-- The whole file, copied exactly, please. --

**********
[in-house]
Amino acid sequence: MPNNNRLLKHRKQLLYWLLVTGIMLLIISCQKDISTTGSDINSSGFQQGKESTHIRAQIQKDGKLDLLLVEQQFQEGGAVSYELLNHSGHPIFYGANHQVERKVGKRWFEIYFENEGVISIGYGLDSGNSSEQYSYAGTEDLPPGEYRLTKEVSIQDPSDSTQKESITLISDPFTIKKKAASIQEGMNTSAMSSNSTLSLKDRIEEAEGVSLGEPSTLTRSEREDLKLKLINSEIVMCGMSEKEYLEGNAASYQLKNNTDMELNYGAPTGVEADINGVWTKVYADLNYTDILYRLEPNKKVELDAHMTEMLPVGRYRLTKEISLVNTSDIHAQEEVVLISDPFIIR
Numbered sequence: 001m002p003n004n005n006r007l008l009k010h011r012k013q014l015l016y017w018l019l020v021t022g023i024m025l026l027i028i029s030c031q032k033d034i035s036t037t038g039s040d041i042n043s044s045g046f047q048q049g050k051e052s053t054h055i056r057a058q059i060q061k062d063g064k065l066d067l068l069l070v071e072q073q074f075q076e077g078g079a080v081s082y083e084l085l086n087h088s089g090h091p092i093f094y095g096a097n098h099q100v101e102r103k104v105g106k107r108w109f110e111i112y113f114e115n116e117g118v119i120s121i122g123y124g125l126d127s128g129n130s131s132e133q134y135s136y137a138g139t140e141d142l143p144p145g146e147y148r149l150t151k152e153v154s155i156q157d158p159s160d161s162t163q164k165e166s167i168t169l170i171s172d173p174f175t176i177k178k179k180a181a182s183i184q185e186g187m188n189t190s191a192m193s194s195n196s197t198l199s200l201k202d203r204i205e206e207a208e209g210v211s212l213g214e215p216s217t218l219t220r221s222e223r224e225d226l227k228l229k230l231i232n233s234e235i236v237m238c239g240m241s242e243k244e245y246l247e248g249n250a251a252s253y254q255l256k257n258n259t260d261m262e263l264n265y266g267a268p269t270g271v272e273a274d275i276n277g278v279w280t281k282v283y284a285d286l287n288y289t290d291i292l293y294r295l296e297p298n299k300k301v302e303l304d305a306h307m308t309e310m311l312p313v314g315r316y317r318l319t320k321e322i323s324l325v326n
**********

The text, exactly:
[in-house]
Amino acid sequence: MPNNNRLLKHRKQLLYWLLVTGIMLLIISCQKDISTTGSDINSSGFQQGKESTHIRAQIQKDGKLDLLLVEQQFQEGGAVSYELLNHSGHPIFYGANHQVERKVGKRWFEIYFENEGVISIGYGLDSGNSSEQYSYAGTEDLPPGEYRLTKEVSIQDPSDSTQKESITLISDPFTIKKKAASIQEGMNTSAMSSNSTLSLKDRIEEAEGVSLGEPSTLTRSEREDLKLKLINSEIVMCGMSEKEYLEGNAASYQLKNNTDMELNYGAPTGVEADINGVWTKVYADLNYTDILYRLEPNKKVELDAHMTEMLPVGRYRLTKEISLVNTSDIHAQEEVVLISDPFIIR
Numbered sequence: 001m002p003n004n005n006r007l008l009k010h011r012k013q014l015l016y017w018l019l020v021t022g023i024m025l026l027i028i029s030c031q032k033d034i035s036t037t038g039s040d041i042n043s044s045g046f047q048q049g050k051e052s053t054h055i056r057a058q059i060q061k062d063g064k065l066d067l068l069l070v071e072q073q074f075q076e077g078g079a080v081s082y083e084l085l086n087h088s089g090h091p092i093f094y095g096a097n098h099q100v101e102r103k104v105g106k107r108w109f110e111i112y113f114e115n116e117g118v119i120s121i122g123y124g125l126d127s128g129n130s131s132e133q134y135s136y137a138g139t140e141d142l143p144p145g146e147y148r149l150t151k152e153v154s155i156q157d158p159s160d161s162t163q164k165e166s167i168t169l170i171s172d173p174f175t176i177k178k179k180a181a182s183i184q185e186g187m188n189t190s191a192m193s194s195n196s197t198l199s200l201k202d203r204i205e206e207a208e209g210v211s212l213g214e215p216s217t218l219t220r221s222e223r224e225d226l227k228l229k230l231i232n233s234e235i236v237m238c239g240m241s242e243k244e245y246l247e248g249n250a251a252s253y254q255l256k257n258n259t260d261m262e263l264n265y266g267a268p269t270g271v272e273a274d275i276n277g278v279w280t281k282v283y284a285d286l287n288y289t290d291i292l293y294r295l296e297p298n299k300k301v302e303l304d305a306h307m308t309e310m311l312p313v314g315r316y317r318l319t320k321e322i323s324l325v326n